Home > Uncategorized > Citizens United v. Obamacare

Citizens United v. Obamacare

I’m not sure if I am the first to draw this comparison, I doubt it, but I haven’t seen it anywhere. At any rate, in Citizens United v. FEC the Supreme Court ruled that the First Amendment protects speech not just at an individual level, but also when citizens form groups and associations, to include labor unions and corporations*. Liberals and a few other groups screamed like stuck pigs, but there you are.

“If the First Amendment has any force, it prohibits Congress from fining or jailing citizens, or associations of citizens, for simply engaging in political speech.”

Majority Opinion – Justice Kennedy

As Kennedy pointed out, the constitution doesn’t distinguish between who is and is not “the press”. Presumably the press is any organization engaging in mass communication. that’s just a bonus angle I thought I’d throw in. You’re welcome, I know few people actually read legislation and court rulings before bitching about them. Here is another bonus, this time from Scalia, love him or hate him, he has a point. He said that the First Amendment was written,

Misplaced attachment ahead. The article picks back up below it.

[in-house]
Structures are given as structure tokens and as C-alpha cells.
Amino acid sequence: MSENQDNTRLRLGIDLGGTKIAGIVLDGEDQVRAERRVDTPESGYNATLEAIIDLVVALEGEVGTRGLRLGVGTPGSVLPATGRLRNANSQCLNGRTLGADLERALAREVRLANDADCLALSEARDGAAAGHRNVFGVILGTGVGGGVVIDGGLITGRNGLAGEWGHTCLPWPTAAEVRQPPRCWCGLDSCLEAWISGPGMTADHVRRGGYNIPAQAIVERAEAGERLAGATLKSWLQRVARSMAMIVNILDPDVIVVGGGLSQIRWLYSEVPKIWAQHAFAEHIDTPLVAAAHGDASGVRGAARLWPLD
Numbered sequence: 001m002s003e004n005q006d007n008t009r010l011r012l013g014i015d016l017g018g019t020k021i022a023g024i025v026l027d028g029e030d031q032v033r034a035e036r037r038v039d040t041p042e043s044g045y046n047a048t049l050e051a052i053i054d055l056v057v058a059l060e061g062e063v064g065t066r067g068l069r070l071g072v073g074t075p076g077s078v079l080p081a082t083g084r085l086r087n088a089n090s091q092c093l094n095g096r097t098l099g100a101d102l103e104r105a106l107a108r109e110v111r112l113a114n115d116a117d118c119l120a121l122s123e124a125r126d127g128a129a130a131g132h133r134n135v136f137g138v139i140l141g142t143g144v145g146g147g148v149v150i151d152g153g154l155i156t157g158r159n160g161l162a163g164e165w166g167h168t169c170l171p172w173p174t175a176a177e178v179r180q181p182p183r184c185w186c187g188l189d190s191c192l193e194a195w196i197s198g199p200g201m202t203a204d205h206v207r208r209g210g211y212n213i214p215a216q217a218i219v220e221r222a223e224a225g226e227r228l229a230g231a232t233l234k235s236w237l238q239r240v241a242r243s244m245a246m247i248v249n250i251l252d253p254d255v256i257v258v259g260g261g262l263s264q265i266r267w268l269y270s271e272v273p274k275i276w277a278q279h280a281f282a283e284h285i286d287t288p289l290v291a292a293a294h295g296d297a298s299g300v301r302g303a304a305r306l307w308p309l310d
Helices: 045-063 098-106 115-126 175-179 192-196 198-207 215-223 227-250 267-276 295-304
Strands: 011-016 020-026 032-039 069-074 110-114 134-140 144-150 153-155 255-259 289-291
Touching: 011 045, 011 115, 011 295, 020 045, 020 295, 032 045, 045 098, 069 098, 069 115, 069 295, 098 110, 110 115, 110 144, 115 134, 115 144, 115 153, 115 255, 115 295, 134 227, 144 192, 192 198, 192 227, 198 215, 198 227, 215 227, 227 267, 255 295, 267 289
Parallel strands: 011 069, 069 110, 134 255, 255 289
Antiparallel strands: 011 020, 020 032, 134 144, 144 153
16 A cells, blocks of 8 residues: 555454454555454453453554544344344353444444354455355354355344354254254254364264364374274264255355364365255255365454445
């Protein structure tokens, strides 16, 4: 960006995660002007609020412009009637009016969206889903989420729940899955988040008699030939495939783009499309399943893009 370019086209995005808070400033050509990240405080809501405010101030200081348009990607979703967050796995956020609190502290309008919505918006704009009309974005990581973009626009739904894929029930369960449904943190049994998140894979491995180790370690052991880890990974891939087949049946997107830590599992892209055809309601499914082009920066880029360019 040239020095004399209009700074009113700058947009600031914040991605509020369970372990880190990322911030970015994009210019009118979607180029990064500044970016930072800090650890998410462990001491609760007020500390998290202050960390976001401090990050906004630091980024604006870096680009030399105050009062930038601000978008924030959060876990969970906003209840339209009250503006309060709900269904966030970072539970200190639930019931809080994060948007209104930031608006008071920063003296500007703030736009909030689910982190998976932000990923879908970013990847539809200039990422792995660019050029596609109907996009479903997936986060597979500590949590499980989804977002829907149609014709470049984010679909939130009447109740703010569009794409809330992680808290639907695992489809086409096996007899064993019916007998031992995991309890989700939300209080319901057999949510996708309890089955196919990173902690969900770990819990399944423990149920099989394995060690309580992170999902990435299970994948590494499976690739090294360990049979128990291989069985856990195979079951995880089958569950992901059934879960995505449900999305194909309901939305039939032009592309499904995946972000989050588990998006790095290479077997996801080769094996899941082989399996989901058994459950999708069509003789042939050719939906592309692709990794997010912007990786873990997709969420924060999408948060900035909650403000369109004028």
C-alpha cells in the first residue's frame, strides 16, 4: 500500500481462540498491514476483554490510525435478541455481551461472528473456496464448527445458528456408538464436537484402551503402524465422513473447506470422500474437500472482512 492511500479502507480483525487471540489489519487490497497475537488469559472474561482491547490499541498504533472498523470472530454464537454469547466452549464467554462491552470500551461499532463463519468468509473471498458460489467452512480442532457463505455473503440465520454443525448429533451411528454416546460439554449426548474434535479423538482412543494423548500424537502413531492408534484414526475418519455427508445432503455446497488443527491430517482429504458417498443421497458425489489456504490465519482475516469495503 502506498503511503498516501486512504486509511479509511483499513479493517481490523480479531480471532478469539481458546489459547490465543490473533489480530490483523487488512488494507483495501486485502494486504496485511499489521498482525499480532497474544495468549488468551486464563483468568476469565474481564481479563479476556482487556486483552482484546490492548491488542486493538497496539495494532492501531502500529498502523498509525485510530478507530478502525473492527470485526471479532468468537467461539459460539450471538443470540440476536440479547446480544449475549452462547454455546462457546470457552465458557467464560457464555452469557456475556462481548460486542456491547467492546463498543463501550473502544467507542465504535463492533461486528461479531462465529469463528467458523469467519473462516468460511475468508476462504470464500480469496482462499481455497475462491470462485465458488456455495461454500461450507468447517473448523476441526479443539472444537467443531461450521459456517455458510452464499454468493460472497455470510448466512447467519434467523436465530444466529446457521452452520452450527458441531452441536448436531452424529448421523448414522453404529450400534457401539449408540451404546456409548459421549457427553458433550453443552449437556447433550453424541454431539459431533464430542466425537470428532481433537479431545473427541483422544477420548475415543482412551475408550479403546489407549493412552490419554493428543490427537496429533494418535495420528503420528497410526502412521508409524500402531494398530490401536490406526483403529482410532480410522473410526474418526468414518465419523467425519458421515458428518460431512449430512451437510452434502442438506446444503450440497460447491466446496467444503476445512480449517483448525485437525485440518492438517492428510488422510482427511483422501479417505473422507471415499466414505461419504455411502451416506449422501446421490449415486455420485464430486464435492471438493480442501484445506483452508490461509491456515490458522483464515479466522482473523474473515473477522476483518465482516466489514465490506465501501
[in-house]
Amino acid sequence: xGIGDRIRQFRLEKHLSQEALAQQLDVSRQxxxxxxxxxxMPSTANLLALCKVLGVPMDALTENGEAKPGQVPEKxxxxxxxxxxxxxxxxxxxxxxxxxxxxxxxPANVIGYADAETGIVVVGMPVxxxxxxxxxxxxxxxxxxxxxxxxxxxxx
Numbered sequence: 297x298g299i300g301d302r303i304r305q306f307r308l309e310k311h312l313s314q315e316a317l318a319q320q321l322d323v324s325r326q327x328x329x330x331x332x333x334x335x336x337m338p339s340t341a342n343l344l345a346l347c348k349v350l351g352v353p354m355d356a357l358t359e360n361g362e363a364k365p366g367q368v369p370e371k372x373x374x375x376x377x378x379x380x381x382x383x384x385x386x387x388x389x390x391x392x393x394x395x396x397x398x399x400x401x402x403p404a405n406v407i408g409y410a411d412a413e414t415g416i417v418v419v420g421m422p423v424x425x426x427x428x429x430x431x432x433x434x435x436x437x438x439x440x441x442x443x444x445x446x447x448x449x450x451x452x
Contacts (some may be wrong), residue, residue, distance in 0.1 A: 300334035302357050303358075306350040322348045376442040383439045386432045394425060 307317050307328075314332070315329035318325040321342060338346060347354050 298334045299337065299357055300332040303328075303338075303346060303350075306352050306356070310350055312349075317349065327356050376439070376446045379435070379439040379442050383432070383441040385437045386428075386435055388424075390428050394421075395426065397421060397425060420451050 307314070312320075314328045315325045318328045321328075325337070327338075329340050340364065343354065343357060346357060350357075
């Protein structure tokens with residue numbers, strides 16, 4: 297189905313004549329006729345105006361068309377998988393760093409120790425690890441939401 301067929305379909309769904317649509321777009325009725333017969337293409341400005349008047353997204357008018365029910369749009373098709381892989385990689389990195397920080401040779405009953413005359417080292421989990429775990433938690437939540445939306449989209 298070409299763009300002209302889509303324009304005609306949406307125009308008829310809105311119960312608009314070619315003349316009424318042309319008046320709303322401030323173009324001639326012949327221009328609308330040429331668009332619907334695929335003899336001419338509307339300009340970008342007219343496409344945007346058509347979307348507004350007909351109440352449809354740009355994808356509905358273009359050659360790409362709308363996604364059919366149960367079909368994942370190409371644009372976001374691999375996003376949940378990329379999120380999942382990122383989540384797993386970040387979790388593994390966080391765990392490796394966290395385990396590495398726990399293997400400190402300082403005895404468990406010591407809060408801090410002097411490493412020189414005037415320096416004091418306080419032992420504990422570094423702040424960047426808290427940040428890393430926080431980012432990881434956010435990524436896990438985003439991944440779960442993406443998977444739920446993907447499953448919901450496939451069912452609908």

“in terms of speech, not speakers” and that “Its text offers no foothold for excluding any category of speaker.”

The comparison I want to draw here is that various courts have ruled in various way about whether or not businesses can be forced to provide insurance coverage that covers services they object to on a religious basis. I would argue that if citizens who are part of groups and associations don’t lose their right to free speech, neither do they lose the ability to operate their business in accordance with their religious beliefs. Their employees are not being forced to abide by their employers religion, employers are only asking to not be a direct party to things they have moral objections to.

Look, I’m morally opposed to abortion, and not just on religious grounds, in fact not even primarily on religious grounds. On the other hand, I’m not opposed to preemptive birth control, and I’m opposed to neither in the case of rape (I put the moral burden on the rapist, not on the subsequently pregnant victim). Even so, I don’t appreciate the idea of the government forcing people, anyone at all, to pay for something to enable (safer) participation is an entirely voluntary and avoidable activity: sex. The same logic could be used to justify peoples smoking habits. Why should the public at large and/or business be forced to cover the medical costs of one voluntary and potentially costly behavior and not another? There are still plenty of reproductive activity costs to be borne even if birth control is provided.